Hadoop Hortonworks Alert!

I’ve been catching up with computer technology watching a series of lectures on uTube. In Distributed Systems In One Lesson at minute 28:00 I came across this comment that might explain the weakness of Hortonworks:

Hadoop is still widely deployed, rapidly becoming, in my view and the view of many others, becoming a legacy technology, is not the cool thing anymore at all, but, you should know, that whole map reduce thing, yep, that’s the fundamental layer, the bottom of Hadoop and the other more long lived part of Hadoop is the distributed file system (HDFS) that is in the words of one of the co-creators a cockroach.

More at

https://www.youtube.com/watch?v=OJwp4kroTM8

Denny Schlesinger

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I do not know what Map Reduce is, but in one of the links to my Mongo continuing series on NPI the expert person being interviewed said that the MapReduce function was a disappointment for functionality on Mongo. So may not be just a Hadoop thing. Instead an Aggregation framework was developed that works quite well.

Here is the link to that post an article f Jan 2018:

http://discussion.fool.com/33022984.aspx

For clarity Mongo and Hadoop are complementary and not necessarily competing w each other but they both share many similar attributes for different use cases.

Tinker

I do not know what Map Reduce is…

The video explains it just before the Hadoop mention. One big problem with distributed data is maintaining consistency, you can’t update all the data repositories at the same time and if you access just one them you might get old data. Map Reduce is a technology for solving the problem.

My post was a heads up about Hortonworks stock, why HDP might be cheap.

Denny Schlesinger

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we did a 2 year project to create a distributed data ingestion/processing layer for our applications. We choose Hortonworks HDP to provide the integrated platform. The idea is they do all the open source integration work rather than us.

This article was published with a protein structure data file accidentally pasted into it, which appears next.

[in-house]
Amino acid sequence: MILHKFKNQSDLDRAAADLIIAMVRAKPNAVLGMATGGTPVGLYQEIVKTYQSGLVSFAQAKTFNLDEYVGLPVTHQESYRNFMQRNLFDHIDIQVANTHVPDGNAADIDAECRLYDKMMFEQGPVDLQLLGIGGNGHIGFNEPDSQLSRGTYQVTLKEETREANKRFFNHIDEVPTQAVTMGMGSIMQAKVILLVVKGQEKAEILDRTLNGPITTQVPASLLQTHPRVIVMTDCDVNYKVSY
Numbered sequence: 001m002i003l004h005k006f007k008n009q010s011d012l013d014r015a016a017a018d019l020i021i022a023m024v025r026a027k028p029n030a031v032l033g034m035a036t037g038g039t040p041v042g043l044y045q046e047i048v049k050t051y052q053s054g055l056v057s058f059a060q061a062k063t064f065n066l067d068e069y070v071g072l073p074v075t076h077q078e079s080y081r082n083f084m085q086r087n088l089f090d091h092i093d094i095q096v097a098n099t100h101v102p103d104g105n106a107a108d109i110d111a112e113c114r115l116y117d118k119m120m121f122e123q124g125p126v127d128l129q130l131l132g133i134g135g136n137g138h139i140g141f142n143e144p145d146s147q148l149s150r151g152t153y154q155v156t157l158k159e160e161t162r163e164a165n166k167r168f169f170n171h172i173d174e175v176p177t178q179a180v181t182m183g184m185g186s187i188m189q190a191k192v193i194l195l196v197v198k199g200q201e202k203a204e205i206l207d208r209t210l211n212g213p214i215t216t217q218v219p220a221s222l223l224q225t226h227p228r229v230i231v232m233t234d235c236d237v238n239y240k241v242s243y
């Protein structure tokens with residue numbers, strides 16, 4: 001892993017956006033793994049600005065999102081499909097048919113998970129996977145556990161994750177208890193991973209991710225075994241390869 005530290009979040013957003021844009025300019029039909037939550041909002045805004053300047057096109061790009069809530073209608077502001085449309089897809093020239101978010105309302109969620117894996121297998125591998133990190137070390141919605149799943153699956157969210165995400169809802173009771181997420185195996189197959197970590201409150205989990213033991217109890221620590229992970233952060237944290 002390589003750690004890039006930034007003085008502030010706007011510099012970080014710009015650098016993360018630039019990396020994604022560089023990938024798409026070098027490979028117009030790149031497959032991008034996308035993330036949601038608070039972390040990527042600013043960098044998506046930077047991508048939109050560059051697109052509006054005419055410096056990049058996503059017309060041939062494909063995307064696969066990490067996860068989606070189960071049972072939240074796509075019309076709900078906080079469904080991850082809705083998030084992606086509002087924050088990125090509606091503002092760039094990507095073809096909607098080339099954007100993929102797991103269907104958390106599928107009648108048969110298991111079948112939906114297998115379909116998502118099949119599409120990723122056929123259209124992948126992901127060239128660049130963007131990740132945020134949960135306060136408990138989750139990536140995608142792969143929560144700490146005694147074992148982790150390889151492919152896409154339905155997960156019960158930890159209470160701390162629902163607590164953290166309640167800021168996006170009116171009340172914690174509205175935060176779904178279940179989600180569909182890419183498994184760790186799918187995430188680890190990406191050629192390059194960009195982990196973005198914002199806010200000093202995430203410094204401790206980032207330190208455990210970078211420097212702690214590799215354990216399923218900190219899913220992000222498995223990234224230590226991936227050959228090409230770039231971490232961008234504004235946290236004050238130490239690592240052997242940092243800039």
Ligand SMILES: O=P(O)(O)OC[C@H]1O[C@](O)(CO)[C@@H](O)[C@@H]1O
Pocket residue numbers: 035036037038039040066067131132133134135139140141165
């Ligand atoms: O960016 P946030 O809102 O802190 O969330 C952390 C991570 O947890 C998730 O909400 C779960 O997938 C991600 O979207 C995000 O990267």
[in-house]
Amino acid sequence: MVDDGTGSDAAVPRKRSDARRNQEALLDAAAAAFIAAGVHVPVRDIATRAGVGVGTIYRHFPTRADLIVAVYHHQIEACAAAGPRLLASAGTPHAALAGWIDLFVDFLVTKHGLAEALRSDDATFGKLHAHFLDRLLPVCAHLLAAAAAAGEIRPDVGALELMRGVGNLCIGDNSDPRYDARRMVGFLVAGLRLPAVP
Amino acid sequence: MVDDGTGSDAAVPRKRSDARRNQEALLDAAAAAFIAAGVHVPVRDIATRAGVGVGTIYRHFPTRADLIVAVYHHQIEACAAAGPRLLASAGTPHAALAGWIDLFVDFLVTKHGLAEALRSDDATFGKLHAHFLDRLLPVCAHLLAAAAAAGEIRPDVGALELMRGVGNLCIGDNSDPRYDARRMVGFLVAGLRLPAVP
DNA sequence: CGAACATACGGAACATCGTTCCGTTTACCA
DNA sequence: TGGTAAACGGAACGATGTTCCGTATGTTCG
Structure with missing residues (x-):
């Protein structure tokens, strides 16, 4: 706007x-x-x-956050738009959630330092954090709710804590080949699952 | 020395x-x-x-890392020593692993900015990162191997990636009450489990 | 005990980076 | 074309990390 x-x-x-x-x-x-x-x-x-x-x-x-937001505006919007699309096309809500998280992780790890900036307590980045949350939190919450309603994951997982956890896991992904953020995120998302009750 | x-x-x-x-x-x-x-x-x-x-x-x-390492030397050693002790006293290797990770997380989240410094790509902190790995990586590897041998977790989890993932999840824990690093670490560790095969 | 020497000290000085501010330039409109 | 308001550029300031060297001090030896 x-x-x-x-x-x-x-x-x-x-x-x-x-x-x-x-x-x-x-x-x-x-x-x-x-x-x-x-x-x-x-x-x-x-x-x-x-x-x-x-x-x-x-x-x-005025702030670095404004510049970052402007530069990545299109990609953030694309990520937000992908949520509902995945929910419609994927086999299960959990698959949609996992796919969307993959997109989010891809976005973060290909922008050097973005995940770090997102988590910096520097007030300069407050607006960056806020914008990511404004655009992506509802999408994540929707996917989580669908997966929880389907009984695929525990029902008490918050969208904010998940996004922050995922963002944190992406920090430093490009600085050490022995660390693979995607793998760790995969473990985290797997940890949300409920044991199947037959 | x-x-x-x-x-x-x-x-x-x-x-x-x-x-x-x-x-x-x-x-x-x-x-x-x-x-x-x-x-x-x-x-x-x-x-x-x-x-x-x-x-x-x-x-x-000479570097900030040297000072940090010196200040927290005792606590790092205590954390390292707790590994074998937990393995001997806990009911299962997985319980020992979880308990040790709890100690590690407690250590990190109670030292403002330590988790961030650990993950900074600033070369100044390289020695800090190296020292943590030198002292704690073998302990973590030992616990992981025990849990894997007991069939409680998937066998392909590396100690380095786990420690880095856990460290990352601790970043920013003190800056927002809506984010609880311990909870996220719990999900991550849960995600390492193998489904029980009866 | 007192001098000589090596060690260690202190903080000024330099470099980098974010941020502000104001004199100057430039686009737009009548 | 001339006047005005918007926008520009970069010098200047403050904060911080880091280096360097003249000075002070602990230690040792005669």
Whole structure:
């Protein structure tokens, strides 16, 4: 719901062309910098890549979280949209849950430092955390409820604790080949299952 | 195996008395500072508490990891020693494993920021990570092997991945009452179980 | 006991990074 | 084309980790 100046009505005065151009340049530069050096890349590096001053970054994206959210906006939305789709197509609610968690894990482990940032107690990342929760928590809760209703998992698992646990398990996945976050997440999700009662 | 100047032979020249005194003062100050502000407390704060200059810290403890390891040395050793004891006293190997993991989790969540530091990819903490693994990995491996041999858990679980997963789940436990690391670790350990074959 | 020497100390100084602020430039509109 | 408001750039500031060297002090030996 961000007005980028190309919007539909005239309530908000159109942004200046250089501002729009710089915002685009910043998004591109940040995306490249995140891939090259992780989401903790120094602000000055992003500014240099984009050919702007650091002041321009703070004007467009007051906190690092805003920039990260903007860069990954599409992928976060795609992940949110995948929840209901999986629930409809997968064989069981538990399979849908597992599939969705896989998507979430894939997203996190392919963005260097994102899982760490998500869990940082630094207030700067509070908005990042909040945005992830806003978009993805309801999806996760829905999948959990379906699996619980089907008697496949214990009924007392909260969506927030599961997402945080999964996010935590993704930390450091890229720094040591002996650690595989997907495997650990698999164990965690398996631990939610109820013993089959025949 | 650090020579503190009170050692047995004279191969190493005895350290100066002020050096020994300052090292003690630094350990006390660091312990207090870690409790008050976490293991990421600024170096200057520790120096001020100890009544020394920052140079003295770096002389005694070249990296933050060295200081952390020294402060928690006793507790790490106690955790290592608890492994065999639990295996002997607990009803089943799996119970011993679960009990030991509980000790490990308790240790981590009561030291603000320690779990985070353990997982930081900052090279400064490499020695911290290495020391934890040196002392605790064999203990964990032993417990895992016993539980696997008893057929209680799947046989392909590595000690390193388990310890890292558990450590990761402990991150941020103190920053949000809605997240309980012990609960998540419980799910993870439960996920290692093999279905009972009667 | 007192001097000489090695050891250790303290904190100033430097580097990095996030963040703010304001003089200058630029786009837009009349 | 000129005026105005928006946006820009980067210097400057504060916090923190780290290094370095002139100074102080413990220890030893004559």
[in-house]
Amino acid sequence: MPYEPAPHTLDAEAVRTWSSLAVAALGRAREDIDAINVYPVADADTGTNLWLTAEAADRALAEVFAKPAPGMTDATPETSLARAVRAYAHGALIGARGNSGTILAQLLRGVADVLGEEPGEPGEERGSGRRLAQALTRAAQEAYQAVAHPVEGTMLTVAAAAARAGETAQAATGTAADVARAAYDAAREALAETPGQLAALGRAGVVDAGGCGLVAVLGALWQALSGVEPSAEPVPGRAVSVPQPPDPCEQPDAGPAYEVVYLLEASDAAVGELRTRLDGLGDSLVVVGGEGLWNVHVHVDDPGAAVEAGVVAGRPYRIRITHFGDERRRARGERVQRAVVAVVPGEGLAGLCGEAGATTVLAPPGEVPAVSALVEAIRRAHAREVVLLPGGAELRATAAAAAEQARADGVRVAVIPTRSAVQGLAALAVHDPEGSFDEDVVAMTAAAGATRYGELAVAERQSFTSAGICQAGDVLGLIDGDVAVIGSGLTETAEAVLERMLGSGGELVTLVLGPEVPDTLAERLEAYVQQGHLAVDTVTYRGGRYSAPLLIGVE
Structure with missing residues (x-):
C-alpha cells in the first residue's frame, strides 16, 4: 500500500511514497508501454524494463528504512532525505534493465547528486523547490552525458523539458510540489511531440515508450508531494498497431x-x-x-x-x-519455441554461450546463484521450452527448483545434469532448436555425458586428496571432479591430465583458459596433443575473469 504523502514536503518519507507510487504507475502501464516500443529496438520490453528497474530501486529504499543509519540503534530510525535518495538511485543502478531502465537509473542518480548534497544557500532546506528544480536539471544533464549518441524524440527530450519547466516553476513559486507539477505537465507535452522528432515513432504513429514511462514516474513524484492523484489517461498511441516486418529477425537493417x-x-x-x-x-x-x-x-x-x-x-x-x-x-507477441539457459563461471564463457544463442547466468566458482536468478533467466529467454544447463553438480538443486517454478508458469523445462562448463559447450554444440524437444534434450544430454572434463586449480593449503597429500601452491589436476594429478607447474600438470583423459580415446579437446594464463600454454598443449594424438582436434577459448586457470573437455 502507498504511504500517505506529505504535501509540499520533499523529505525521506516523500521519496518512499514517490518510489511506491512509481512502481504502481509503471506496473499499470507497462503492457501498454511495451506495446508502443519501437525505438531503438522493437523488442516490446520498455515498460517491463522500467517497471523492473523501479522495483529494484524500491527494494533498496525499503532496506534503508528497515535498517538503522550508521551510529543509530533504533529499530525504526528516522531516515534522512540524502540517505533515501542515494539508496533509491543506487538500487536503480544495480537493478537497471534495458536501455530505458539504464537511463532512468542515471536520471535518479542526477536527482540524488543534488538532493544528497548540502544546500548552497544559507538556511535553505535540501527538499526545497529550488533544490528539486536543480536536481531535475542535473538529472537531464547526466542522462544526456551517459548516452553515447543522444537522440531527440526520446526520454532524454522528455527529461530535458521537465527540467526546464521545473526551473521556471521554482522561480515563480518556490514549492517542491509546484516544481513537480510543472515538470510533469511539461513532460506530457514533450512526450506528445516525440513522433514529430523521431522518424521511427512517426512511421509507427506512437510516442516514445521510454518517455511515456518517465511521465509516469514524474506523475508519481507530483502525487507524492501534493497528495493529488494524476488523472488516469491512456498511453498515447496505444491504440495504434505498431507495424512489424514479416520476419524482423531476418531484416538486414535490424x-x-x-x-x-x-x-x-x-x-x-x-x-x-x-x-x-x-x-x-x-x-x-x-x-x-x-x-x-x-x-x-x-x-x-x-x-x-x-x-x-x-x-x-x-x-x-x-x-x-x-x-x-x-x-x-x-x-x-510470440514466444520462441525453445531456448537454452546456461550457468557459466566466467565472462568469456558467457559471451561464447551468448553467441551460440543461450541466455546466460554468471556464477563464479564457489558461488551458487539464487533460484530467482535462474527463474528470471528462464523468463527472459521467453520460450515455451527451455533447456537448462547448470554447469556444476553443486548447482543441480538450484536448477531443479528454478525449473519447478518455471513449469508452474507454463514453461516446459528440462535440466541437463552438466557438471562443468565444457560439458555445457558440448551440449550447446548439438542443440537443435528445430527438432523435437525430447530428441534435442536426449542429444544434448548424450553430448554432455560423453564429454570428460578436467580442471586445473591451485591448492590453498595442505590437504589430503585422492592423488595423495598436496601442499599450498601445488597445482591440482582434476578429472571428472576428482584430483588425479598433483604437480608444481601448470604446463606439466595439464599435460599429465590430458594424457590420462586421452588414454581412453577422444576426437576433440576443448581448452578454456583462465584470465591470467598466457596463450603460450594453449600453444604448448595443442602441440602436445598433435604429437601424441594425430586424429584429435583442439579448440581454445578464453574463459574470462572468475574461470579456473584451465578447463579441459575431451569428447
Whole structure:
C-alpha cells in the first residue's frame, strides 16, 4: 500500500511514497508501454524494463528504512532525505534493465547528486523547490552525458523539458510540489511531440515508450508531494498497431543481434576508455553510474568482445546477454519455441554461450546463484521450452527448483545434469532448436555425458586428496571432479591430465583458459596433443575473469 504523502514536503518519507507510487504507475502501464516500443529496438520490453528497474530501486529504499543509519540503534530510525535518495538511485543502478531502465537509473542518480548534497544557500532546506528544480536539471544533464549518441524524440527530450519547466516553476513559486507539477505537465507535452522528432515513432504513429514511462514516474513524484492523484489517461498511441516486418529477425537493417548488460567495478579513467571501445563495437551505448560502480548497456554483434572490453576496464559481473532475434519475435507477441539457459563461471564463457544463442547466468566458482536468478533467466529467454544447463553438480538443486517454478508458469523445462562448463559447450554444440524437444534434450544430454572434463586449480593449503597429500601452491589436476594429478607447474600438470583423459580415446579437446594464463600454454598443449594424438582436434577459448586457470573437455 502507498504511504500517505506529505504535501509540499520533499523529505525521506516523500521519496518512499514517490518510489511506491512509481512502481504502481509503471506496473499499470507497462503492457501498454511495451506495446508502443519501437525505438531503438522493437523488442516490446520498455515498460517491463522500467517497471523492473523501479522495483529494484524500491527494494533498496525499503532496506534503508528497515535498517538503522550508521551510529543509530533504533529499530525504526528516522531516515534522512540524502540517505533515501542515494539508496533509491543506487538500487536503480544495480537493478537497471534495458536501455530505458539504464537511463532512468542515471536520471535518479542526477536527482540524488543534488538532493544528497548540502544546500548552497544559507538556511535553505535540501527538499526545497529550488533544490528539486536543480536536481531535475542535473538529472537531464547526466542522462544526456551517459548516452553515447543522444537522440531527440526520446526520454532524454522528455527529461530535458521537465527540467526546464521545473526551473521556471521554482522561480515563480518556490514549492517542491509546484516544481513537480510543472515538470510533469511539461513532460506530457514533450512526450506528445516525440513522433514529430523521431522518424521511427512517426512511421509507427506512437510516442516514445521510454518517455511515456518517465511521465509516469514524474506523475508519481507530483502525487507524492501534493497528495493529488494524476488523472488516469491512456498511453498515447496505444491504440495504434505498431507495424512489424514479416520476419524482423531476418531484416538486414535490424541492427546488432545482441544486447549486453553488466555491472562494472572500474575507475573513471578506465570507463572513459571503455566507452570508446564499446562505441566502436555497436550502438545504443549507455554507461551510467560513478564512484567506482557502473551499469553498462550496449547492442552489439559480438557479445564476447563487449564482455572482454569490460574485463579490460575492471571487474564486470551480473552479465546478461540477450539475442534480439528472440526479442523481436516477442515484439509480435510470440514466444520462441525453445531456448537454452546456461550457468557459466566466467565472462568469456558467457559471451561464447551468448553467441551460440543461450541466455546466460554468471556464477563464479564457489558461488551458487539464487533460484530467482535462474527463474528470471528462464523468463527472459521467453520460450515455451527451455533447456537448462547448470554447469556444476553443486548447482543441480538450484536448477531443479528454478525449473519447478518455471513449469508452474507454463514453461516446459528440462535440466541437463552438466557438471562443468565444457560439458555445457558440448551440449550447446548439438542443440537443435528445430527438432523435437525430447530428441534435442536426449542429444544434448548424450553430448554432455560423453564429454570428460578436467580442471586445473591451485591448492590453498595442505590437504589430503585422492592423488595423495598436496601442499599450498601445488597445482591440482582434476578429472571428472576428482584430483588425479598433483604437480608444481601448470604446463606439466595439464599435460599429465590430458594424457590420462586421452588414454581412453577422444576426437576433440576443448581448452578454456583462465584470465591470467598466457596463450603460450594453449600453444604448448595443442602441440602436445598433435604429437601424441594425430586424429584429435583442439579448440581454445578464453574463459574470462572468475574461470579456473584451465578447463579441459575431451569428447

Some feedback - the components and software are still immature and evolving quickly, we ran into many issues when scaling up. Support is expensive. They have provided good support. But you also live with the versions of the components they have integrated at a point in time.

When we look back the one aspect we would most change is to not use HDFS. Too many issues for the potential value.

We are going back and redoing our framework. We hope to reuse about 70-80 of what we have, with a couple of changes. We are no longer going to use Hortonworks HDP. We want the flexibility to pick and choose and saving the $$. To me, this does not mean Hortonworks would get hurt by this. Need to determine where you think HDP is in the technology adoption lifecycle. We are very out on the front edge. Perhaps mainstreet will still go HDP.

We have also been using Mongo DB for a couple of years. We have some scaling issues with it. Its great for smaller uses of processing time series data.

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Perhaps mainstreet will still go HDP.

The fellow who gave the lecture called Hadoop “legacy” which could well be translated into investor-speak as “cash cow” but the fast growth component is history and Mr. Market no longer gives it the high valuation of ascendent technologies. In other words, HDP could now be a value play but not a Saul play.

Denny Schlesinger

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The fellow who gave the lecture called Hadoop “legacy” which could well be translated into investor-speak as “cash cow” but the fast growth component is history and Mr. Market no longer gives it the high valuation of ascendent technologies. In other words, HDP could now be a value play but not a Saul play.

Denny,

That just couldn’t be more wrong. Hortonworks’ revenue growth is actually accelerating! They’re getting more deals, bigger deals, more revenue, more deferred revenue. Support Subscription revenue grew 63% last quarter, so when you say fast growth is history I don’t know what on earth you might mean. How fast do you think they will grow in Q1? Place your bets.

Bear

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Bear, we are talking two different growth rates, you are talking revenue while I’m talking stock price, the two don’t move in lockstep.

Place your bets.

I did. :wink:

Denny Schlesinger

correct me if I’m wrong but aren’t the two of you agreeing that it could be a good investment? :slight_smile:

forgive the second post. I see the argument on both sides now

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